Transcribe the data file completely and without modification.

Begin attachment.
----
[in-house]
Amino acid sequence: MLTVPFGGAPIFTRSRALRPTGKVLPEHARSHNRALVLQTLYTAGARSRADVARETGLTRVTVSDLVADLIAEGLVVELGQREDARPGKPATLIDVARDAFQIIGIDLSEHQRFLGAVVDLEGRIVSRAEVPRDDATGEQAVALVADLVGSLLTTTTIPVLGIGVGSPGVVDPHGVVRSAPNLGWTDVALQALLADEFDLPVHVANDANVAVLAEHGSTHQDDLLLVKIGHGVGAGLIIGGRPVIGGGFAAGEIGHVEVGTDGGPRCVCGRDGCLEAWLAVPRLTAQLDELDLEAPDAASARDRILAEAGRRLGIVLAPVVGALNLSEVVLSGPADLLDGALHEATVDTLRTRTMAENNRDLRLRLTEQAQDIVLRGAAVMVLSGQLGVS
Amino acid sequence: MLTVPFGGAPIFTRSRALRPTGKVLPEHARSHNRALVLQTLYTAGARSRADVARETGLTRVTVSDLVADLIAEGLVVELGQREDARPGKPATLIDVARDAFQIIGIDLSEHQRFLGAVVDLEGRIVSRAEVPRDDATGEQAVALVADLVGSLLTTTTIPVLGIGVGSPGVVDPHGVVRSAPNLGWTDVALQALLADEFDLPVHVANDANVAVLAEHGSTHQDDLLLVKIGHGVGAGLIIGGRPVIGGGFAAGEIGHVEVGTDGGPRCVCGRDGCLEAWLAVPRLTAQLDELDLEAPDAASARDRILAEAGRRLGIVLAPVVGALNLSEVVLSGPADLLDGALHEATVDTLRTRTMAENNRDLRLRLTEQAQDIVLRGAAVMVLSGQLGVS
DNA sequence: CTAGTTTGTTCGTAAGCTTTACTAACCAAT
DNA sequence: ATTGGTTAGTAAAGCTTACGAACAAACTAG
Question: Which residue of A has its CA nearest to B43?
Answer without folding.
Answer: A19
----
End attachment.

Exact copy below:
[in-house]
Amino acid sequence: MLTVPFGGAPIFTRSRALRPTGKVLPEHARSHNRALVLQTLYTAGARSRADVARETGLTRVTVSDLVADLIAEGLVVELGQREDARPGKPATLIDVARDAFQIIGIDLSEHQRFLGAVVDLEGRIVSRAEVPRDDATGEQAVALVADLVGSLLTTTTIPVLGIGVGSPGVVDPHGVVRSAPNLGWTDVALQALLADEFDLPVHVANDANVAVLAEHGSTHQDDLLLVKIGHGVGAGLIIGGRPVIGGGFAAGEIGHVEVGTDGGPRCVCGRDGCLEAWLAVPRLTAQLDELDLEAPDAASARDRILAEAGRRLGIVLAPVVGALNLSEVVLSGPADLLDGALHEATVDTLRTRTMAENNRDLRLRLTEQAQDIVLRGAAVMVLSGQLGVS
Amino acid sequence: MLTVPFGGAPIFTRSRALRPTGKVLPEHARSHNRALVLQTLYTAGARSRADVARETGLTRVTVSDLVADLIAEGLVVELGQREDARPGKPATLIDVARDAFQIIGIDLSEHQRFLGAVVDLEGRIVSRAEVPRDDATGEQAVALVADLVGSLLTTTTIPVLGIGVGSPGVVDPHGVVRSAPNLGWTDVALQALLADEFDLPVHVANDANVAVLAEHGSTHQDDLLLVKIGHGVGAGLIIGGRPVIGGGFAAGEIGHVEVGTDGGPRCVCGRDGCLEAWLAVPRLTAQLDELDLEAPDAASARDRILAEAGRRLGIVLAPVVGALNLSEVVLSGPADLLDGALHEATVDTLRTRTMAENNRDLRLRLTEQAQDIVLRGAAVMVLSGQLGVS
DNA sequence: CTAGTTTGTTCGTAAGCTTTACTAACCAAT
DNA sequence: ATTGGTTAGTAAAGCTTACGAACAAACTAG
Question: Which residue of A has its CA nearest to B43?
Answer without folding.
Answer: A19